Key pieces of evidence that could shed light on the truth of Christine Blasey Ford’s claim that she was assaulted at a high school party by Supreme Court nominee Brett Kavanaugh have not yet been shared with the Senate Judiciary Committee, a lawyer representing Kavanaugh said Wednesday.
On Thursday, Ford and Kavanaugh are both scheduled to appear at a special committee hearing. The hearing was scheduled to give Ford the opportunity to speak about her claims of sexual misconduct during a 1980s party — claims which Kavanaugh has continually rejected.
Attorney Beth Wilkinson, representing Kavanaugh, said that although Ford shared results of a polygraph with The Washington Post when she went public with her story, the results of that test have not been shared with the committee, CBS reported.
Later Wednesday, three pages about the polygraph test were released by Ford’s defense team, according to WBNG, which noted there was no independent expert verification of the results.
Wilkinson said notes from the 2012 therapy session which Ford has claimed was the first time she ever discussed the alleged incident have not been forthcoming.
“They announced that there were notes and there had been a lie detector test. But as I understand it, they did not turn any of those over to the Senate committee even though they were requested,” Wilkinson said. “So the information that would have shown what she said at the very first time when she revealed these allegations have not been turned over to the Senate.”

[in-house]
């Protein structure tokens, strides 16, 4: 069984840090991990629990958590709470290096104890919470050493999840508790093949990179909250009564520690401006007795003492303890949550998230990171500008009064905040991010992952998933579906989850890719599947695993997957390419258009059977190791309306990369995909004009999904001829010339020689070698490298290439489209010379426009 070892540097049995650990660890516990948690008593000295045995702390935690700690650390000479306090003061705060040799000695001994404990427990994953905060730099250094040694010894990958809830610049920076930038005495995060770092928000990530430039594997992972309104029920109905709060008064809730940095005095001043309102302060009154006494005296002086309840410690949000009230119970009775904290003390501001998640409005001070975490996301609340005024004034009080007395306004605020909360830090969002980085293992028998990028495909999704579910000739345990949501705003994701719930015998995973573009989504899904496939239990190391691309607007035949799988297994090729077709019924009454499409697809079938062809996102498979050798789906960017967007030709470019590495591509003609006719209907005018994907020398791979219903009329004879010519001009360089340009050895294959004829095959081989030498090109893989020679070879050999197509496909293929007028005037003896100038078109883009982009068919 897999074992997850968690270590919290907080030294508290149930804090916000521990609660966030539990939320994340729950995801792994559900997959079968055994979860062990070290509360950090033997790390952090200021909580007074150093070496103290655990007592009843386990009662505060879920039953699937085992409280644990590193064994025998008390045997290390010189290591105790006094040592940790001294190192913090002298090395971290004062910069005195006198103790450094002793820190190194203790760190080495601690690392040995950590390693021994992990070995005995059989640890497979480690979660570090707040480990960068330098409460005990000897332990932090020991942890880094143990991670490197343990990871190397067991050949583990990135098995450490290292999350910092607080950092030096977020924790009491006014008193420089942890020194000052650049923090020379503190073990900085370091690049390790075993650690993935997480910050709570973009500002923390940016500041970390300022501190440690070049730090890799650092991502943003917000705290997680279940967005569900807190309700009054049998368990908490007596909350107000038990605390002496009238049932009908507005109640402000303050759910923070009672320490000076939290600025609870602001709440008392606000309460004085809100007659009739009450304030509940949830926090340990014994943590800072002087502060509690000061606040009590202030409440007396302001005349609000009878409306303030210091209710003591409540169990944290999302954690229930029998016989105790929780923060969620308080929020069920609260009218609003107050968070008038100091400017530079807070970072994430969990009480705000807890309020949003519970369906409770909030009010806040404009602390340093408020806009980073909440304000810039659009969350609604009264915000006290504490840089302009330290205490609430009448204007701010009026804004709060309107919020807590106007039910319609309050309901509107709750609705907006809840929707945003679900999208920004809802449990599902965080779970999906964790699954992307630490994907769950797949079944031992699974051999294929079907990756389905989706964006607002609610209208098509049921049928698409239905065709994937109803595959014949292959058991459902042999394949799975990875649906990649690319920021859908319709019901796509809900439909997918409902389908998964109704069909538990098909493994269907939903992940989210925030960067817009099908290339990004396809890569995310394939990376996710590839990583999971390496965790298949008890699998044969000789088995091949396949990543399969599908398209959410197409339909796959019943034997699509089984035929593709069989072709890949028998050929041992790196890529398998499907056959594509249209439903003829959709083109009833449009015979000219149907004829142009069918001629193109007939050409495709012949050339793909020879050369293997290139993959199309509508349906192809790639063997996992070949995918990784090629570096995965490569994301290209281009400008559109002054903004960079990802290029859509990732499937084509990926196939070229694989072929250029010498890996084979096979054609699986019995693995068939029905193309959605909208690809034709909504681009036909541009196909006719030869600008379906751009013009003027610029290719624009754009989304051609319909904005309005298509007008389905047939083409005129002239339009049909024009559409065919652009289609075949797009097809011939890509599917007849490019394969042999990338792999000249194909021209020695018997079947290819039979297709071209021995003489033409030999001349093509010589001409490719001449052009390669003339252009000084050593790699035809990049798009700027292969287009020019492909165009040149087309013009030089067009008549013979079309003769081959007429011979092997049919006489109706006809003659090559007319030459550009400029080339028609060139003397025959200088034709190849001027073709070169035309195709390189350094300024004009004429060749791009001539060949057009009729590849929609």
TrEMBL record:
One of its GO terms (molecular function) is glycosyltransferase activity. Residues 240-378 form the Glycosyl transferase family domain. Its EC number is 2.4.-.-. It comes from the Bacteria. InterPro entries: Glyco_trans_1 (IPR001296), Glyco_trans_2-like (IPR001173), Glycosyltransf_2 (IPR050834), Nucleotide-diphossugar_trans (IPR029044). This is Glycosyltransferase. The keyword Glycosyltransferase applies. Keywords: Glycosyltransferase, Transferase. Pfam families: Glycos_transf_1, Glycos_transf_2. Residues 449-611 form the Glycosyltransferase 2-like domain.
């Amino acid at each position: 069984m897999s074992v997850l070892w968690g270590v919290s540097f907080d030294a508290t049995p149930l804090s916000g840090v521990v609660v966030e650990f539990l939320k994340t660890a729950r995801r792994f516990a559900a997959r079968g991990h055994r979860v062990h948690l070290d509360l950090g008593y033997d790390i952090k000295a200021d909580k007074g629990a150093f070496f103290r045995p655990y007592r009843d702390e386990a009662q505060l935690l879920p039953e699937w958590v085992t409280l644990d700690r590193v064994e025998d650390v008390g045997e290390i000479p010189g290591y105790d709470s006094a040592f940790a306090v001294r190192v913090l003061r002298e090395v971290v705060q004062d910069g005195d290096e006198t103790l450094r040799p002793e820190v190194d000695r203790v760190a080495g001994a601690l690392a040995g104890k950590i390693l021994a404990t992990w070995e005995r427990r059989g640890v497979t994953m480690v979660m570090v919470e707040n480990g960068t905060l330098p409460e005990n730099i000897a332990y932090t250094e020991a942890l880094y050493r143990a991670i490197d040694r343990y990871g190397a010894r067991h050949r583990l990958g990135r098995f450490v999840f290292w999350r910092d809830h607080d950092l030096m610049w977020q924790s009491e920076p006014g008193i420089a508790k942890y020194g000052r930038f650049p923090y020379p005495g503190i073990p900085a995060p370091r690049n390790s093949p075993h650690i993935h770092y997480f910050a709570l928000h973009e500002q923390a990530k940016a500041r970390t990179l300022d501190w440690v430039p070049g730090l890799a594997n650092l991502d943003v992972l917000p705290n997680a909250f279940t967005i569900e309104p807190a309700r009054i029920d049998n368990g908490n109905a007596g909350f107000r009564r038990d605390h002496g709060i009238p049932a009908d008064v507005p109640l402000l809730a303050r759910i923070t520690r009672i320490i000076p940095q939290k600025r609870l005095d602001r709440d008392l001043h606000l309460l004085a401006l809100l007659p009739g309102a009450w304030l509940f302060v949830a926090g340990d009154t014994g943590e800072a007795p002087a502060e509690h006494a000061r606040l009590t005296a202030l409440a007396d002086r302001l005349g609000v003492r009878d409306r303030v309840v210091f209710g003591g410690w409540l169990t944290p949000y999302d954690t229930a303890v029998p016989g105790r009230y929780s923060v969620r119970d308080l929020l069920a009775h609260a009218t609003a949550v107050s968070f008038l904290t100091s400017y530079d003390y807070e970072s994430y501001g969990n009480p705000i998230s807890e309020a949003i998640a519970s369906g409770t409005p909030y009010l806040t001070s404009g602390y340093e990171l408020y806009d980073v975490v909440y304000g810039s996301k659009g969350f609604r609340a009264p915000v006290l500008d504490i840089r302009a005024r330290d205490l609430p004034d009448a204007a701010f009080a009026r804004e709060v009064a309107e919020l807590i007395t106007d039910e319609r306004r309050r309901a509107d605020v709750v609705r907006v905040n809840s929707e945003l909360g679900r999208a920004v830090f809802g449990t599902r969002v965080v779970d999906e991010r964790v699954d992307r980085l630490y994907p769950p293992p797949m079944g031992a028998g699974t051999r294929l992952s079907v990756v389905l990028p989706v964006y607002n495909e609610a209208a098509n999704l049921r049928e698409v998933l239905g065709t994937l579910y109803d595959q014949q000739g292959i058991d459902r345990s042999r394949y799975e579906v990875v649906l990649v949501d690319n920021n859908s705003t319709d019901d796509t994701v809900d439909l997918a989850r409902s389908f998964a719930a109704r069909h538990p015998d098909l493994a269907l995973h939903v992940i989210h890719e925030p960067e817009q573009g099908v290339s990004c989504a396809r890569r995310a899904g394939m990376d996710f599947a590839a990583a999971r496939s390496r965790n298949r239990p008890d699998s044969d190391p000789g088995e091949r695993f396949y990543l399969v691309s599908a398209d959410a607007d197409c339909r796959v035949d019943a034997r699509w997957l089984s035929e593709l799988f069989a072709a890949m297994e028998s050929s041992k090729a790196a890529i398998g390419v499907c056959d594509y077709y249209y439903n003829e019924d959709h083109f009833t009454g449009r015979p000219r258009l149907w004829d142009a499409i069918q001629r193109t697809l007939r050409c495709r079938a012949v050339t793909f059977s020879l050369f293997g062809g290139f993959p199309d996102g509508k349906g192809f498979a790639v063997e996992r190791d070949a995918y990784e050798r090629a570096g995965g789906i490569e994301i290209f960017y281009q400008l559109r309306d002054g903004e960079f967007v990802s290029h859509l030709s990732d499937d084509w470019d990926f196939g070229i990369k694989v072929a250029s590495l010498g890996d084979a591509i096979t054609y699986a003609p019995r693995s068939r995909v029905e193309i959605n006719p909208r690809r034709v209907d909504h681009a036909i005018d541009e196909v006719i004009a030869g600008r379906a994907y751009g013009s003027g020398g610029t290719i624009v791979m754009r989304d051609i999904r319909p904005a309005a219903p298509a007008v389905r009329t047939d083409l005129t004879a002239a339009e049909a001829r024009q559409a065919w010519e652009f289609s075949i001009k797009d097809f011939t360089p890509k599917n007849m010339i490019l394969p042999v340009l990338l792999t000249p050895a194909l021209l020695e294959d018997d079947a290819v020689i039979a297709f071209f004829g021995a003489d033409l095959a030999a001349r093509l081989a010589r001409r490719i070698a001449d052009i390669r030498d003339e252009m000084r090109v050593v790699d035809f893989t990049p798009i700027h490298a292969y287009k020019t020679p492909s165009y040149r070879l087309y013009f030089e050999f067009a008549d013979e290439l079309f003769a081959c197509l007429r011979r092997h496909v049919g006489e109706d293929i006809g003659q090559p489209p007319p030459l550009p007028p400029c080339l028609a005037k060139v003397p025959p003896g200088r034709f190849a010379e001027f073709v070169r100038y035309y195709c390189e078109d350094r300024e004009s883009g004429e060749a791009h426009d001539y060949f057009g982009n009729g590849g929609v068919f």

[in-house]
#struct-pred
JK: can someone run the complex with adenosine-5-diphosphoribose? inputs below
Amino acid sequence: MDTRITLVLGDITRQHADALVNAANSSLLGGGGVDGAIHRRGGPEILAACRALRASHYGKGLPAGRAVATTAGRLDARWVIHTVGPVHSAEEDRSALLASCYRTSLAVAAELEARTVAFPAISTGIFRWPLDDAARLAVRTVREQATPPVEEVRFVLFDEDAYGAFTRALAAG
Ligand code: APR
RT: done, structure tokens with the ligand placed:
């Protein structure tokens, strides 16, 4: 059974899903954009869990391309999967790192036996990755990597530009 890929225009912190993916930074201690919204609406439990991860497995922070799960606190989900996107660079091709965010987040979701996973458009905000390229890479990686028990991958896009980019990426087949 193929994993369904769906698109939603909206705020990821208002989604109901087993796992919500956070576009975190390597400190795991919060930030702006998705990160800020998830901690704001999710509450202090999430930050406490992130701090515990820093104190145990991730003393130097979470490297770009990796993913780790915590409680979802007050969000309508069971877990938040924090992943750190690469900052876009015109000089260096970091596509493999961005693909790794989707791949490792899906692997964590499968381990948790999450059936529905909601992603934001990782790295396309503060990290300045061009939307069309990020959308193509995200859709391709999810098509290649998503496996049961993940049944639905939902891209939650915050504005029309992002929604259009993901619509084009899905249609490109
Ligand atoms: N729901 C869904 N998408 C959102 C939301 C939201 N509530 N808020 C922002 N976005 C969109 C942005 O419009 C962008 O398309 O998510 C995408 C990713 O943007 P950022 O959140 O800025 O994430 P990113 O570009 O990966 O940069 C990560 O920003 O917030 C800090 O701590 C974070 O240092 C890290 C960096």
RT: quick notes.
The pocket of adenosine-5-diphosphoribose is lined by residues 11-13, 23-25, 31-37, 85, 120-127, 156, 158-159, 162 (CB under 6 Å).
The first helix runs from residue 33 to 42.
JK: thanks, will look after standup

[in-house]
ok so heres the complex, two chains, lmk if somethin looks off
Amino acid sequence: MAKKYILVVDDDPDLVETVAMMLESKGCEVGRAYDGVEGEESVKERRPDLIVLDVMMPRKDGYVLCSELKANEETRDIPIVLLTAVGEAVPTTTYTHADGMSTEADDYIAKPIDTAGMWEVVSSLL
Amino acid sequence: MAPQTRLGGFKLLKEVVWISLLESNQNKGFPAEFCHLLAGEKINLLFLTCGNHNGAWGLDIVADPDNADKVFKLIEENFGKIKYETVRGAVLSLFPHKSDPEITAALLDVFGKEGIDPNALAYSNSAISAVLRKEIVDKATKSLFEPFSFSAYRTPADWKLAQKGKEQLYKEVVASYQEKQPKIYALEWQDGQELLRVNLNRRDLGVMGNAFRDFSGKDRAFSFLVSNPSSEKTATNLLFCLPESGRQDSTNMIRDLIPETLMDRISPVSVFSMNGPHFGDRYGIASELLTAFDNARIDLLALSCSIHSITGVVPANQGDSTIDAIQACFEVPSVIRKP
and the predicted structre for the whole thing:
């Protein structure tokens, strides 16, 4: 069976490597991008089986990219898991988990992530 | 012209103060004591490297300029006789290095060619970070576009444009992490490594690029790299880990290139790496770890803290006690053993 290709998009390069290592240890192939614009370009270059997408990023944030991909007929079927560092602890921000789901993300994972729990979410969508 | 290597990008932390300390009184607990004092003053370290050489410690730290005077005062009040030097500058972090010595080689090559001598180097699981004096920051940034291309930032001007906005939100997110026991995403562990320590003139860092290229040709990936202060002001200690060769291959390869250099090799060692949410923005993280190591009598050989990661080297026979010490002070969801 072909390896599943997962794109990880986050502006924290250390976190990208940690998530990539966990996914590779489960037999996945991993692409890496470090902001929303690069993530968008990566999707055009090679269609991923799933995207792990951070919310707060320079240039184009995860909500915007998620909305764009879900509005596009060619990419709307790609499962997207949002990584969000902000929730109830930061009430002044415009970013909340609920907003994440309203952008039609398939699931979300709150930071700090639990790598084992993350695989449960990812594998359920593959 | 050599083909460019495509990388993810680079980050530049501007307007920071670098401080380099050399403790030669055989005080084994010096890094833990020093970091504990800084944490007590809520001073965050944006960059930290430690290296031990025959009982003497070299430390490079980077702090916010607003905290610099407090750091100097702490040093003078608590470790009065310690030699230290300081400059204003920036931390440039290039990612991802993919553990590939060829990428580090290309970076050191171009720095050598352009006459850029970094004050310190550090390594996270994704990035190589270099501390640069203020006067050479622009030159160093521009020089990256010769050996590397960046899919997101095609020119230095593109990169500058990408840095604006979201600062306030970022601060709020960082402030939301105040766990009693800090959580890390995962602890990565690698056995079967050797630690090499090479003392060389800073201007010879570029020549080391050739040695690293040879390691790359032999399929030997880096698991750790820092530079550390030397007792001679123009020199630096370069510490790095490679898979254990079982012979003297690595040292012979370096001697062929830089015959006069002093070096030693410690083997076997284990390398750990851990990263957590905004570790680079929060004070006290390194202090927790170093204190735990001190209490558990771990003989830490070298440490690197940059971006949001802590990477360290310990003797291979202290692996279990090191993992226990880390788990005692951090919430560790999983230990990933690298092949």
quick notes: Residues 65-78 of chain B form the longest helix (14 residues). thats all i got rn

Wilkinson said she has been given to understand that the notes paint a different picture of the party than what has emerged through recent media accounts.
“That’s very important because apparently in those notes, there’s a differing story about how many people were present at the party, there’s no mention of Judge Kavanaugh, and so all that information would be very important to determine whether there’s any corroboration of this allegation,” she said.
Wilkinson said the issue at stake is not whether Kavanaugh drank beer a year or so before he could legally buy it, but whether a specific incident took place
“Like many kids that age in high school and back then, the drinking age was 18 … he admits that he drank and did something things that he looks back on he says are embarrassing and make you cringe, but that’s not what this is about,” Wilkinson said.
Kavanaugh “said that he drank, he said that he sometimes drank more beers than he should. No one is disputing that, but that isn’t evidence about what happened with regard to the charges that are being made here,” she said.
Wilkinson said that during Thursday’s potentially explosive hearing, Kavanaugh will answer “whatever questions the committee decides to ask him.”
Arizona prosecutor Rachel Mitchell has been hired by the committee to oversee the questioning of Ford as well as Kavanaugh.
The panel has scheduled a confirmation vote for Friday morning.
On Wednesday, another woman, Julie Swetnick, came forward with allegations of misconduct against Kavanaugh, CNN reported. Swetnick, a client of attorney Michael Avenatti, said she witnessed Kavanaugh “engage in abusive behavior.” Kavanaugh denied the new claim.
Senate Majority Leader Chuck Schumer has voiced objections to moving forward with the confirmation process.
“I strongly believe Judge Kavanaugh should withdraw from consideration. If he will not, at the very least, the hearing and vote should be postponed while the FBI investigates all of these allegations. If our Republican colleagues proceed without an investigation, it would be a travesty for the honor of the Supreme Court and our country,” said the New York Democrat, Politico reported.
Also Thursday, William Pittard, the attorney for a woman who claims Kavanaugh exposed himself to her while both attended Yale, said his client, Deborah Ramirez, has not spoken to committee staff about her claims.
He said Republican committee staff have “refused to even speak with” her counsels, and instead “has insisted that Ms. Ramirez first ‘provide her evidence.’ Respectfully, that demand misunderstands the process.”
Truth and Accuracy
We are committed to truth and accuracy in all of our journalism. Read our editorial standards.